Review: Charley’s Aunt, Chatsworth Players

The cornerstone of the Brandon Thomas comedy Charley’s Aunt is the actor playing the title character – if he gets it right then the audience is in for a lot of laughs.

Thankfully the Chatsworth Players turned to one of their founding members, Peter Wilmot, to take on the role of Lord Fancourt Babberley, (or Babs, as he’s affectionately known) reluctantly dressing in women’s clothes to impersonate the said aunt to help out his two chums.

He has perfect comedic timing and doesn’t go completely over the top with the drag-act. He gives a thoroughly memorable performance.

The audience at the wonderful Chatsworth Theatre, at Chatsworth House, loved him and he deserved the applause he received on the first night.

The farce is a humorous romp involving a case of mistaken identity in a bygone era (it was written in 1891) and concentrates on Babs, and his two friends Jack and Charley who have fallen in love and want to propose to the women before their guardian whisks them off to Scotland. They invite the girls to lunch on the pretext of meeting Charley’s wealthy aunt from Brazil (where the nuts come from). Unfortunately at the last minute she cancels, sending the men into a spin.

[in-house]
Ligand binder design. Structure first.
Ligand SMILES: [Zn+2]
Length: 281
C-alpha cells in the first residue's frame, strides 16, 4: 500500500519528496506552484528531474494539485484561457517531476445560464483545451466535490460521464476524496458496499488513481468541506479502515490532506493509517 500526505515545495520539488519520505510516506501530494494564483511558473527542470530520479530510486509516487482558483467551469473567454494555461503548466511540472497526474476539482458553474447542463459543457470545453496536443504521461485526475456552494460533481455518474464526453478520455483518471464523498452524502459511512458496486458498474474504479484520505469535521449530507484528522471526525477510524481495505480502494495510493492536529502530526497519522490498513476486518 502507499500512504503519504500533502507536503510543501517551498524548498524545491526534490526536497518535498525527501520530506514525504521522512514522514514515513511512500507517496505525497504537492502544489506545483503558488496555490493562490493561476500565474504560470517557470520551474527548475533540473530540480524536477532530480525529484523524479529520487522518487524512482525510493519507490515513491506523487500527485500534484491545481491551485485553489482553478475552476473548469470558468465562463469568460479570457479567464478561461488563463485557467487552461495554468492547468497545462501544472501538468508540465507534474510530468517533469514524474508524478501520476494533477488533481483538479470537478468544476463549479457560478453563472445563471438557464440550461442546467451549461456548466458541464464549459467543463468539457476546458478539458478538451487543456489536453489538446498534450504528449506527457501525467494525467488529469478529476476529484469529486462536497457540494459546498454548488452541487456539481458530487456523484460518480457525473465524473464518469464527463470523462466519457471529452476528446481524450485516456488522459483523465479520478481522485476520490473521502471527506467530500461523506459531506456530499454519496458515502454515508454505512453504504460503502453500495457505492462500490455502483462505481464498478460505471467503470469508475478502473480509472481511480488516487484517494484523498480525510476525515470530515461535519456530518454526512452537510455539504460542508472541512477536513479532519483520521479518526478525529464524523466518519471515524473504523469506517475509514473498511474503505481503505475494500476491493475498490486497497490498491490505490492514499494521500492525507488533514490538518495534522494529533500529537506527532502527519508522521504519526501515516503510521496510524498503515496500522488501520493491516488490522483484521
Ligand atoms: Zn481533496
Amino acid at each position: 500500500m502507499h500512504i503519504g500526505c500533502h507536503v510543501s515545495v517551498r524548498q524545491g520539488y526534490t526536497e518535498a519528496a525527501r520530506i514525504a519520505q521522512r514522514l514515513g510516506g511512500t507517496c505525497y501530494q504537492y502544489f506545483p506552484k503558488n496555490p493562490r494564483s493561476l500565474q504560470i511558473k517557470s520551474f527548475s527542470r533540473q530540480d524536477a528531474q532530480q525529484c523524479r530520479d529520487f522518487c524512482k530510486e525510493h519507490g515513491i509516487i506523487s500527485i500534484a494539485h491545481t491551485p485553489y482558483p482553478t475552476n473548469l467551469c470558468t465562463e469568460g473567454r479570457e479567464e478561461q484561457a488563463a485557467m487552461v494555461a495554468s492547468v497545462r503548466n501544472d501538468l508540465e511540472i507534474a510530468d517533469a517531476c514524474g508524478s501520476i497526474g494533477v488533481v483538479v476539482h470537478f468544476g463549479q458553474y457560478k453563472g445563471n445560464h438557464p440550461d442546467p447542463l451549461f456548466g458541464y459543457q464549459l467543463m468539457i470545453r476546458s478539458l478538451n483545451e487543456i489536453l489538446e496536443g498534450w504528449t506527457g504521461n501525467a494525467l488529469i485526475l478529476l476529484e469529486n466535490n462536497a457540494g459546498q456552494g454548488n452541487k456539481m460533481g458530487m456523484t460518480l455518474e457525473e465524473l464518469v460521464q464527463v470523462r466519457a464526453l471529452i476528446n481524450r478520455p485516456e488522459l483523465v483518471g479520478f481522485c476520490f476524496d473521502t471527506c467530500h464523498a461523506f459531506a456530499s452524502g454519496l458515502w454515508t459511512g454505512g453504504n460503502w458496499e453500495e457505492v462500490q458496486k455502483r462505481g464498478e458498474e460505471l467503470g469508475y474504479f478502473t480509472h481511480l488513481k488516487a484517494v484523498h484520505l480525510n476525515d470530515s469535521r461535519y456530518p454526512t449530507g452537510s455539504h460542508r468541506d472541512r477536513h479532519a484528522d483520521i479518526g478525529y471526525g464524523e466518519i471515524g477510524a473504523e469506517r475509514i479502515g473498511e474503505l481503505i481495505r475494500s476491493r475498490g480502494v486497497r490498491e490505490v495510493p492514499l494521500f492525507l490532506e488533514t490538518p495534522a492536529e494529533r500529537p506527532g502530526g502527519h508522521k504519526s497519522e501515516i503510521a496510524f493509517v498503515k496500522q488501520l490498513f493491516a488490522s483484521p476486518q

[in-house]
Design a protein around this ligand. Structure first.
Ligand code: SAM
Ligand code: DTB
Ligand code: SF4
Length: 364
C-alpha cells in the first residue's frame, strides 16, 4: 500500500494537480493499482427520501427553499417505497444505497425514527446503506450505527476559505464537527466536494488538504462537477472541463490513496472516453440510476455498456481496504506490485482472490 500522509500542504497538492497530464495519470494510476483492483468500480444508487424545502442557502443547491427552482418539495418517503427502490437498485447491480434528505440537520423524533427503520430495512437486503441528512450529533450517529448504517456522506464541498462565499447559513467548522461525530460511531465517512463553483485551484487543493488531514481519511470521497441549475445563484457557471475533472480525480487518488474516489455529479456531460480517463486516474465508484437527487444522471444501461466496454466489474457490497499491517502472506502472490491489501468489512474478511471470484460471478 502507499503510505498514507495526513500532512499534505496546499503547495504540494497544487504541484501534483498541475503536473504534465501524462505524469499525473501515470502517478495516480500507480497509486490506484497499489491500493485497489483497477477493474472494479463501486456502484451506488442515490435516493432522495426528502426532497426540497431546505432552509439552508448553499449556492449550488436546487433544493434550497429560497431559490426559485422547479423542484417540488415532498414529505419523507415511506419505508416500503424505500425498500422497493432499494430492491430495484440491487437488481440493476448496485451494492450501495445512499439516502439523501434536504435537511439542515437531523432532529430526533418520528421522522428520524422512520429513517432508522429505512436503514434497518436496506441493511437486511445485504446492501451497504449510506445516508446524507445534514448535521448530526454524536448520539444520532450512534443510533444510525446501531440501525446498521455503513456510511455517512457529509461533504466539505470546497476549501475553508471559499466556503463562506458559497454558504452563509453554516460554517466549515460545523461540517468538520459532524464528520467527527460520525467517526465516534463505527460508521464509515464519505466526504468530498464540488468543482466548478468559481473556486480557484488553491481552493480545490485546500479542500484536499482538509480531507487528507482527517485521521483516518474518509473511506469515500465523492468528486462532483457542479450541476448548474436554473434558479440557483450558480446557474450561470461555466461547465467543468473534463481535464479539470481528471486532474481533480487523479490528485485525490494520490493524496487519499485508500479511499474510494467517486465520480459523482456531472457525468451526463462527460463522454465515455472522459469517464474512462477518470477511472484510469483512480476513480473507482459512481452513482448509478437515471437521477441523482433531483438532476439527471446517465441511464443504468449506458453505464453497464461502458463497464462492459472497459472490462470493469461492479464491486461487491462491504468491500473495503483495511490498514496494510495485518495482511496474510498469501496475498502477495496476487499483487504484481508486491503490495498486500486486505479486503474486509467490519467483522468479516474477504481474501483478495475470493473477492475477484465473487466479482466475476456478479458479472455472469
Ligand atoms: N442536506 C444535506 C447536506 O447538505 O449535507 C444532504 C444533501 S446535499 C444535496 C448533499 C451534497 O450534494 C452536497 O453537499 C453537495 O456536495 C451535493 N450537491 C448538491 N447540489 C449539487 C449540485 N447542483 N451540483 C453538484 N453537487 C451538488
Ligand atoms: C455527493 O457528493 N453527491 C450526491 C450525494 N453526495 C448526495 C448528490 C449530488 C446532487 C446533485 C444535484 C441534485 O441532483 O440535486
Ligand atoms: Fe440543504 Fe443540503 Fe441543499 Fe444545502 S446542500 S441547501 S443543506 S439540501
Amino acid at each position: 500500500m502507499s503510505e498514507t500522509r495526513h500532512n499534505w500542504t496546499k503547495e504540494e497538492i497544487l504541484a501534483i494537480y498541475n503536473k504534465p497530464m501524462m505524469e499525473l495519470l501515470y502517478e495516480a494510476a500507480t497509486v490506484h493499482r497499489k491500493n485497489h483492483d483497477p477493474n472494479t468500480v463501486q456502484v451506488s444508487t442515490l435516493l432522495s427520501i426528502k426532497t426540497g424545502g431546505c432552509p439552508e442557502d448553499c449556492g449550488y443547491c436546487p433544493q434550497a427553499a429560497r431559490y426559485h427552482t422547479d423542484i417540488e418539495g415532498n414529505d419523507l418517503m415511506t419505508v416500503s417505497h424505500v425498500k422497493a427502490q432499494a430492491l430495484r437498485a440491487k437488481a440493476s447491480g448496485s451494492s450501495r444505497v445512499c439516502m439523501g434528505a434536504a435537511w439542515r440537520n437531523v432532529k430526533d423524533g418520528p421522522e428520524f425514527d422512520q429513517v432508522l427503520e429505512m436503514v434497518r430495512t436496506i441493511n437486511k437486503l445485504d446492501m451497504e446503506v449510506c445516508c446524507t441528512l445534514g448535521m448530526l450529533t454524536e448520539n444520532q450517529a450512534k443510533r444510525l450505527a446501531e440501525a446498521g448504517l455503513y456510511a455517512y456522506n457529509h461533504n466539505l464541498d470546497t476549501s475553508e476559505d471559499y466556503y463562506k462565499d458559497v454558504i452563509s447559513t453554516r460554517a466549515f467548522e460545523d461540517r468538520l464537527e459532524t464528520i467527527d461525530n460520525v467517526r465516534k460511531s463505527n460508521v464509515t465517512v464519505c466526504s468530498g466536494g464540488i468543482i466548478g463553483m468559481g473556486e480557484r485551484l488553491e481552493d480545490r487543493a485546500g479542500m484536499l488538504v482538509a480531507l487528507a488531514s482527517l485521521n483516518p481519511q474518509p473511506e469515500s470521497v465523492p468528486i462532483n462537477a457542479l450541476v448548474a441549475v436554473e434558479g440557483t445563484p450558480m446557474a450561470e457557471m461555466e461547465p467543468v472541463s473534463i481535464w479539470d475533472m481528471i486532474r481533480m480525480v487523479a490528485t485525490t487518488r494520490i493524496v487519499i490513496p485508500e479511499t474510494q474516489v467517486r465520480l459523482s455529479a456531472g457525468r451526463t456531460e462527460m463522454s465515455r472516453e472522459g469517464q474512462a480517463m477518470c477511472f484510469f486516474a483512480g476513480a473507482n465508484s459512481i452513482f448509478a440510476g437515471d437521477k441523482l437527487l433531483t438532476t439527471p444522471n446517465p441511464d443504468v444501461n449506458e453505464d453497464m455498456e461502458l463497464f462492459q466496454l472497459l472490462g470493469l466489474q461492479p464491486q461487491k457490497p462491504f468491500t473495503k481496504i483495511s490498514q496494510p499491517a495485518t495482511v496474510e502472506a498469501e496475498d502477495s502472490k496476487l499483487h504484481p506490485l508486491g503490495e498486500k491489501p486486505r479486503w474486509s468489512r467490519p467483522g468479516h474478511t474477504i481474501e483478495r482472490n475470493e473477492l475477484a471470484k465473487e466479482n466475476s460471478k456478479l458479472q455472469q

Desperate to see the girls (who won’t visit if there’s no chaperone), they force Babs into impersonating the aunt. With the arrival of the real aunt and the attempted seduction of the fake aunt by an elderly gold-digger chaos ensues. 

There is plenty of fun to be had from the tangled mess and of course it all ends happily ever after.

The Chatsworth Players, directed by Lindsay Jackson, chose an extremely creditable cast for this show and they all gave a polished performance. 

Danny Washington’s facial expressions as the hapless Charley were a joy. It was almost as if he was a real toff. And Fred Rolland was superb as Brassett, the put-upon servant who reacts with bemused cynicism to the foibles of the higher class.

The rest of the cast are Alicia Bloundele as Ela, Alicia Hill as Amy, Chris Gale as Jack, Jill Scott as Donna Lucia, Jonathan White as Sir Francis Chesney, Kate Stuart as Kitty and Melvyn Osborne as Spettigue.

The play can be seen at Chatsworth Theatre until Saturday at 7.30pm each evening. For tickets go to